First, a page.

Victor H. Engelhard, PhD
T lymphocyte based immunity to antigens expressed on melanoma and other tumors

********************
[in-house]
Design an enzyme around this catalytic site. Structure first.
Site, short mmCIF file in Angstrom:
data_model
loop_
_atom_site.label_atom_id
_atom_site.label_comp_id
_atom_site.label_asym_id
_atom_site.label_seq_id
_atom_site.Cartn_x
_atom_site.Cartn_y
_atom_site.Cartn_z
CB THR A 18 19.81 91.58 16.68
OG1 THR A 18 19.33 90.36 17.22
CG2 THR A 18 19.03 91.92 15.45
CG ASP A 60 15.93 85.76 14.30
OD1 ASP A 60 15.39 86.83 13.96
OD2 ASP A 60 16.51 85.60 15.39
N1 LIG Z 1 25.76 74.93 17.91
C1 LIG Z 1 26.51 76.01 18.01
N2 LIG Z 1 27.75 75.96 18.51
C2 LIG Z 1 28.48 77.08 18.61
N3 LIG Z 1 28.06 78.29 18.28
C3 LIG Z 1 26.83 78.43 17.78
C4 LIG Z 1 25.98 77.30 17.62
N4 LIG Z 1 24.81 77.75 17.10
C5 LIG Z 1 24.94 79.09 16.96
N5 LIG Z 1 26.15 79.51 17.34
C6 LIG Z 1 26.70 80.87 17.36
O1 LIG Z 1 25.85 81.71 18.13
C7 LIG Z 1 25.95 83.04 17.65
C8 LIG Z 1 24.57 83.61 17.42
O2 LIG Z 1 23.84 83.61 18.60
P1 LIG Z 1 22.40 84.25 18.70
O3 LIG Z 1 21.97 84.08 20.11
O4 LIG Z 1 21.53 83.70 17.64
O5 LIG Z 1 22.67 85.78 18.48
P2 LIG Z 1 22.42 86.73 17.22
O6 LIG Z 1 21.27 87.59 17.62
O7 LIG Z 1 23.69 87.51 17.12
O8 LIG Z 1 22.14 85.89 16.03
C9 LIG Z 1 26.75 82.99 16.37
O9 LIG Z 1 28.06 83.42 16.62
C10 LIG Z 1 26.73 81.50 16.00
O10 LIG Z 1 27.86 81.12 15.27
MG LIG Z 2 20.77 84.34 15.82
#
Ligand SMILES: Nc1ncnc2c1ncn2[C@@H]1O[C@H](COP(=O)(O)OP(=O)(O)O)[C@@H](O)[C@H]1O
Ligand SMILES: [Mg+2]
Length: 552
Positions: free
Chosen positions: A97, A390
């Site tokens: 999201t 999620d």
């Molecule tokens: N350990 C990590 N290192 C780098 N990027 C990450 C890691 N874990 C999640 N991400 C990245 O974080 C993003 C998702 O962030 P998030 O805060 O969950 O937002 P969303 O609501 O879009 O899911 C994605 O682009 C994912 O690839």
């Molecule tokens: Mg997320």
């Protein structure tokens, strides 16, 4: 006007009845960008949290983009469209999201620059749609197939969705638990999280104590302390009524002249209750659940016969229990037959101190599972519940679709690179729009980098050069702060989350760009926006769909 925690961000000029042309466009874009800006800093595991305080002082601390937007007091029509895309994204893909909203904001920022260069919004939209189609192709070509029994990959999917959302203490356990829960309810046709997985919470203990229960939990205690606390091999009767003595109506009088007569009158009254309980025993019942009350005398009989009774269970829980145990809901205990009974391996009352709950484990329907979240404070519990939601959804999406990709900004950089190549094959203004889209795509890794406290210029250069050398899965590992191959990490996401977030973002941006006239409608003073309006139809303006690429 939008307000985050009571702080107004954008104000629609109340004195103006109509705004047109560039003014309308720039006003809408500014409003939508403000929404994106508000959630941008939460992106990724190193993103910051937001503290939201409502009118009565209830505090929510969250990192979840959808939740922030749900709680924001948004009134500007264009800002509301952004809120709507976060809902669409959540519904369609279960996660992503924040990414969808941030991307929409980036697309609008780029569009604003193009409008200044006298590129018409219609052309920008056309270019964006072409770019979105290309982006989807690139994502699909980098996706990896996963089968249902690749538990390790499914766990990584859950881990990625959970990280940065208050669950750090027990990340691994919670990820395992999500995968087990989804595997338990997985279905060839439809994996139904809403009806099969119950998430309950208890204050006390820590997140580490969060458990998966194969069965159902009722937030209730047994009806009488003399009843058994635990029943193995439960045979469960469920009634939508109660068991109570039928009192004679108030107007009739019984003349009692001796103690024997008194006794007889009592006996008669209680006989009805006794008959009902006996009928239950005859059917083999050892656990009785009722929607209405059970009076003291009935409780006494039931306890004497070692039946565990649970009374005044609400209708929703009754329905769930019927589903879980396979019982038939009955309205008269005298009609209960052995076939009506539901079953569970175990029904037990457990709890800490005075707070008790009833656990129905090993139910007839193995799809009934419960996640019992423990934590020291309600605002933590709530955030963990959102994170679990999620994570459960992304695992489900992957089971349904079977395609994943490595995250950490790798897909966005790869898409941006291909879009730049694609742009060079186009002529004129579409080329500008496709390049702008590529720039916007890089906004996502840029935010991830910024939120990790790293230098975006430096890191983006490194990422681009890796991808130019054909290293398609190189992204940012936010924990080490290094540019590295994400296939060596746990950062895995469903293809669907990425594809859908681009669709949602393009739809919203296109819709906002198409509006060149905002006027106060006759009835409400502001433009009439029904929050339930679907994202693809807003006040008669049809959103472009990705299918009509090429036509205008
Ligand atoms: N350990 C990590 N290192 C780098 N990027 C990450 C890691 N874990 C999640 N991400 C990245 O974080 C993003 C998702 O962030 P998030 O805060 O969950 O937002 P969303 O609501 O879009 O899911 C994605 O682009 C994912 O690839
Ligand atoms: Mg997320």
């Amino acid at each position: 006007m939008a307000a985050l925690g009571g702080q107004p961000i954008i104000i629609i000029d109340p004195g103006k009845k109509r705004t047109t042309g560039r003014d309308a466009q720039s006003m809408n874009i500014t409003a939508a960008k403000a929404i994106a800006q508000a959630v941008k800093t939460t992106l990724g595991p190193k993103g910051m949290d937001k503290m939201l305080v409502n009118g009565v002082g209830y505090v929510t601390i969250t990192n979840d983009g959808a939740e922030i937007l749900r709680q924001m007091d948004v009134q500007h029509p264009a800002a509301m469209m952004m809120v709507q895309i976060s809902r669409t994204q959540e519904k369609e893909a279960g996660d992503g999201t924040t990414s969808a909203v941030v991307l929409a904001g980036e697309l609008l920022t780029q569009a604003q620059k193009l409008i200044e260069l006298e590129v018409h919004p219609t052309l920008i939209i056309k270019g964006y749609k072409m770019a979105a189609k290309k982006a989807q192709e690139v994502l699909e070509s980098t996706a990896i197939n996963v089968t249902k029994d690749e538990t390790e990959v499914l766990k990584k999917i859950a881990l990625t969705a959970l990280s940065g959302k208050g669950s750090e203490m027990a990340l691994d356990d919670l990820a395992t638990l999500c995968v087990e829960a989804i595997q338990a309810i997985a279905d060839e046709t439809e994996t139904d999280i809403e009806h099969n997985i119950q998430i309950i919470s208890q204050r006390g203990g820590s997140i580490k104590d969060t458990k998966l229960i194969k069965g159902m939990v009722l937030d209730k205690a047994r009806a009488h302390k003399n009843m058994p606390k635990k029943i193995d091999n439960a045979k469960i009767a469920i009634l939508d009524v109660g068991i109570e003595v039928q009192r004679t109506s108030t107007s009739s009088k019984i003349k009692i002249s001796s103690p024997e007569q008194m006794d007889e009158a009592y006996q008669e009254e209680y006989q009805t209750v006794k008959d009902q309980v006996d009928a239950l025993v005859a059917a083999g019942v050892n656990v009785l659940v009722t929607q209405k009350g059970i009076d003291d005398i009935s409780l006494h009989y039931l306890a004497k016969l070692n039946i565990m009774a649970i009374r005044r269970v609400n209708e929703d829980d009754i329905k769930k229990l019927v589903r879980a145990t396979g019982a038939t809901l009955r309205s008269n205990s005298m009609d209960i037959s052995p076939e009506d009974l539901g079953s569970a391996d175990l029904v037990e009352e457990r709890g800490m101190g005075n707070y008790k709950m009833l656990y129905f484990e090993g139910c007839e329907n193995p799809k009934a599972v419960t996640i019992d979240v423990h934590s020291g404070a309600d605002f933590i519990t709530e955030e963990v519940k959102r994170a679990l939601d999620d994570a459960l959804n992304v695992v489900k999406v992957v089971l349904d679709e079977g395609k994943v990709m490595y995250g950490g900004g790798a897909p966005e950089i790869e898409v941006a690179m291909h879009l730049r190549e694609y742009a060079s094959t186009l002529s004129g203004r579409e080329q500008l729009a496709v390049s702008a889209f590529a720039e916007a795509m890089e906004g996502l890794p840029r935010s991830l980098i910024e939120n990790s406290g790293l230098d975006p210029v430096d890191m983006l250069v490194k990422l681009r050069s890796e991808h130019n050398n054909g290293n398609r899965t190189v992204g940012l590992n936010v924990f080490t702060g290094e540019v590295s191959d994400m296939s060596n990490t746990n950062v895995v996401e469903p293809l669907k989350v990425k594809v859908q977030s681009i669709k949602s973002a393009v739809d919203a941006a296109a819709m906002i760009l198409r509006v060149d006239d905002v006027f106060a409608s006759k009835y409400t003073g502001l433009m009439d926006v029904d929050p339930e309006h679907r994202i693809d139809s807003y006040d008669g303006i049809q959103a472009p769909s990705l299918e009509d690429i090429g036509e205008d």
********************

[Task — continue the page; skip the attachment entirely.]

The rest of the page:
Our research centers on the structure and function of molecules encoded by the major histocompatibility complex (MHC). These cell surface molecules were discovered because they are recognized by the immune system during tissue graft rejection. However, their main function is to present peptide antigens produced from the degradation of proteins expressed in virally-infected and tumor cells to T lymphocytes. The expression of these antigens at the cell surface is critical in stimulating an immune response that results in the destruction of such cells. In collaboration with Dr. Donald Hunt in the Dept. of Chemistry, we have developed mass spectrometry approaches for the isolation and characterization of the complex mixture of peptides bound to MHC molecules. Using these techniques, we have defined a set of peptides that are recognized by T cells during immune reactions to human melanoma tumor cells. The melanoma peptides are now being used in clinical trials at UVA to develop therapeutic vaccines for melanoma. In addition, we are using transgenic mice that express human MHC molecules to model the human immune response to the melanoma peptides. This unique "preclinical" model is being used to systematically evaluate how changes in peptide structure, affinity, and mode of presentation influence the quality of the immune response generally, and its effectiveness against a modified murine melanoma. Finally, because many melanoma antigens are also expressed in normal tissue, this model allows us to evaluate the existence and impact of self-tolerance on effective anti-melanoma immune responses. Mass spectrometry is also being employed to identify peptide antigens that cause Graft-versus-host disease after bone marrow transplantation. These so-called minor histocompatibility antigens are poorly understood in terms of their origin, number, and role in this process. This work is expected to lead to the development of tools for screening donors and recipients prior to transplant, and also strategies to control transplant rejection. Finally, we are studying the mechanisms by which MHC-associated peptides are produced from the proteins that are made in cells. This work has established the existence of several different pathways by which such peptides are produced, although further work is needed to characterize them fully. We have also found that many peptides have undergone one of a set of post-translational modifications. These modifications not only provide insights into the mechanisms of peptide production, but also greatly influence the recognition of the peptides by the immune system. Collectively, work in the lab aims to provide a comprehensive understanding of how MHC-associated peptide antigens are produced, and how they can be used to ameliorate disease.